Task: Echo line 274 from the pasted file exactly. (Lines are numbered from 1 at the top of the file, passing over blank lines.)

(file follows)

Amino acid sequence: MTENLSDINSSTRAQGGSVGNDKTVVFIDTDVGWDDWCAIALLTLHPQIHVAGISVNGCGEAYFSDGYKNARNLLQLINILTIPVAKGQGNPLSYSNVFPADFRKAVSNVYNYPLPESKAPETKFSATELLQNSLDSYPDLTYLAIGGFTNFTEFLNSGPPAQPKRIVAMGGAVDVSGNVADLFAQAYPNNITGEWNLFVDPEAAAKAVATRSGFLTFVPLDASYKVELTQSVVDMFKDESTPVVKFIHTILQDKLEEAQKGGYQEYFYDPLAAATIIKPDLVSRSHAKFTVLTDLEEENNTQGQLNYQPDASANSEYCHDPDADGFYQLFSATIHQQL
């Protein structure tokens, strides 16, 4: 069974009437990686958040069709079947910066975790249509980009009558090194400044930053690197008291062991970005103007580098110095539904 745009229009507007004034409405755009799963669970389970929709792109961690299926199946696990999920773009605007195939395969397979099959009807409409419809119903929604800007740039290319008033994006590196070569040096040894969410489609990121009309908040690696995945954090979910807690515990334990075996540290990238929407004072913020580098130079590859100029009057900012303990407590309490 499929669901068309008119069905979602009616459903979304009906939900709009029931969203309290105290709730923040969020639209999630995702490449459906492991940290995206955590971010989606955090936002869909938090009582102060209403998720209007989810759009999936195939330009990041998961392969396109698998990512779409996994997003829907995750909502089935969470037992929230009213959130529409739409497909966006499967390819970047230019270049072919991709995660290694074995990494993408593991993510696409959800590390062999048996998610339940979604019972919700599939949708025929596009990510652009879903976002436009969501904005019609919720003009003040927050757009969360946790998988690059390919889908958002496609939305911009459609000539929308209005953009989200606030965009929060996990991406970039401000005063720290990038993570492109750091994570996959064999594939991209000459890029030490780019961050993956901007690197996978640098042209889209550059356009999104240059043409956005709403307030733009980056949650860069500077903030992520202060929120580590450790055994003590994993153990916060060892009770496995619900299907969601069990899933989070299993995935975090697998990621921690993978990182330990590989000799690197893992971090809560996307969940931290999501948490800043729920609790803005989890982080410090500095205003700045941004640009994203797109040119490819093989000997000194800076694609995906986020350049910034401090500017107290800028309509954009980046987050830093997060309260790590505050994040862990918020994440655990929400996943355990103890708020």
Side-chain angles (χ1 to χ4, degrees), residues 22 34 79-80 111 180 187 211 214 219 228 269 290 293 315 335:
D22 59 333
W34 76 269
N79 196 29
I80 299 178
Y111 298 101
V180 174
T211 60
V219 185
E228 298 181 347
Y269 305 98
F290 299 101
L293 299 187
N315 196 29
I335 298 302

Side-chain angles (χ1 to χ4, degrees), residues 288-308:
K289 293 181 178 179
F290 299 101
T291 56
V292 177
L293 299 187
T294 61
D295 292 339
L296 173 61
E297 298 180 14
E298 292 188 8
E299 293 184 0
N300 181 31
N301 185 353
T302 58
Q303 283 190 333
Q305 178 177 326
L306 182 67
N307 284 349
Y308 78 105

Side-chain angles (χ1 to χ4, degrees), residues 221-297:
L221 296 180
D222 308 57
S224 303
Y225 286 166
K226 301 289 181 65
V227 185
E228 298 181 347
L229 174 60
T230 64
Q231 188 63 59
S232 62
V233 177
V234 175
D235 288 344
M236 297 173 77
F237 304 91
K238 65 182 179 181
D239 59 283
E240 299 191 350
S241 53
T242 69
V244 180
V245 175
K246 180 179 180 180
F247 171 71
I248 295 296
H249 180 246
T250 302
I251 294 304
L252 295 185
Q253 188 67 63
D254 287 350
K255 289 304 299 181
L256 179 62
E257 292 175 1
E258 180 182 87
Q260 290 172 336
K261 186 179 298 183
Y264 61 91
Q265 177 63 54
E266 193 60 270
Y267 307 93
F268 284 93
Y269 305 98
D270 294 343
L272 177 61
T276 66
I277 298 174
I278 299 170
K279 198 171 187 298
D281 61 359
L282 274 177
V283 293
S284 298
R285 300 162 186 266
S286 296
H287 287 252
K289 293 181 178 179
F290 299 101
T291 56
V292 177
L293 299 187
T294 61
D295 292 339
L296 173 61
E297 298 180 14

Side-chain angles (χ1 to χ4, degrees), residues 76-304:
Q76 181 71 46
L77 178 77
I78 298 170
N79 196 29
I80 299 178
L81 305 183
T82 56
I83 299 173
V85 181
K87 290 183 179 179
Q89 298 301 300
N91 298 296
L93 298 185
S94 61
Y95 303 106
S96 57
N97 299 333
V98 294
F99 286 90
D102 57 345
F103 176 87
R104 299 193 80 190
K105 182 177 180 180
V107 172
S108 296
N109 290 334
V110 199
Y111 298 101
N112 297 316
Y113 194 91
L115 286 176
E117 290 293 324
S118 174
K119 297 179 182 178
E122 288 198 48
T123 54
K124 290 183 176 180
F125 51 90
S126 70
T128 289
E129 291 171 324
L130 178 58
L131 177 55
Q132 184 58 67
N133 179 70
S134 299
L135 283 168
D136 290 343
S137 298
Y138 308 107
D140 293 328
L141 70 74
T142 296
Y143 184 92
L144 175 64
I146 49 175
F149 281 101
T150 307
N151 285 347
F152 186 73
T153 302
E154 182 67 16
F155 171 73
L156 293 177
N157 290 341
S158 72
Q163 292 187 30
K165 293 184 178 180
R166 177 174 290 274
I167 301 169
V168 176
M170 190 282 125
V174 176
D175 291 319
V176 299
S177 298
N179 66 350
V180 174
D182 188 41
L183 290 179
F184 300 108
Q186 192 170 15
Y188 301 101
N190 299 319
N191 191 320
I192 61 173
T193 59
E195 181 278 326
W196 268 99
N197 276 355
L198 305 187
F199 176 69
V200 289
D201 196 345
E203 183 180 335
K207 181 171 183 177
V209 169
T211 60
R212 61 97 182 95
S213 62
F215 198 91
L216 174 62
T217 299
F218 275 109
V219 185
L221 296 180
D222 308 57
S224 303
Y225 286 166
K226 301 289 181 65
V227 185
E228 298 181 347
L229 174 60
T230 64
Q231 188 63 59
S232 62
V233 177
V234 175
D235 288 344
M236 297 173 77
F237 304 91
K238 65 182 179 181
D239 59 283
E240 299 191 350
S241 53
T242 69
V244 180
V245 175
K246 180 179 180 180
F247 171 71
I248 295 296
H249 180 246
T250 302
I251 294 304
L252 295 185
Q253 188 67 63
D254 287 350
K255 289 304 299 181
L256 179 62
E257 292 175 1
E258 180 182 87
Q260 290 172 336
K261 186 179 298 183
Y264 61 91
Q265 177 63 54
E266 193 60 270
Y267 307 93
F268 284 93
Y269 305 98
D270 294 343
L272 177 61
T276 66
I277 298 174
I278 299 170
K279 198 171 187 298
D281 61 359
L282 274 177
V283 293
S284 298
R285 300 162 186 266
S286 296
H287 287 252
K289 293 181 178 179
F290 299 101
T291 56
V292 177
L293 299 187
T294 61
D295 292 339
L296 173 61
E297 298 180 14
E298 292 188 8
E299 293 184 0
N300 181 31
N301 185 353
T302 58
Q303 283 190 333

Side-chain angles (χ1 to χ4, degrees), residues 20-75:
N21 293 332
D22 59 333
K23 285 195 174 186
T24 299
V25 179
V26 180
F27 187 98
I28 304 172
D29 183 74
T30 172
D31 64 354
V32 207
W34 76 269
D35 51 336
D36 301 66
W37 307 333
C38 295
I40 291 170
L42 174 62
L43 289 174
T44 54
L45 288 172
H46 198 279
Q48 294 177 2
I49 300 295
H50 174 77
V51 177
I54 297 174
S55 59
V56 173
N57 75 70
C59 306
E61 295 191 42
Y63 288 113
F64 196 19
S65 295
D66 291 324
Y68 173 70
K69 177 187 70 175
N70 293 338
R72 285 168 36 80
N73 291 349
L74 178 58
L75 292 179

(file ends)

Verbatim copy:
D295 292 339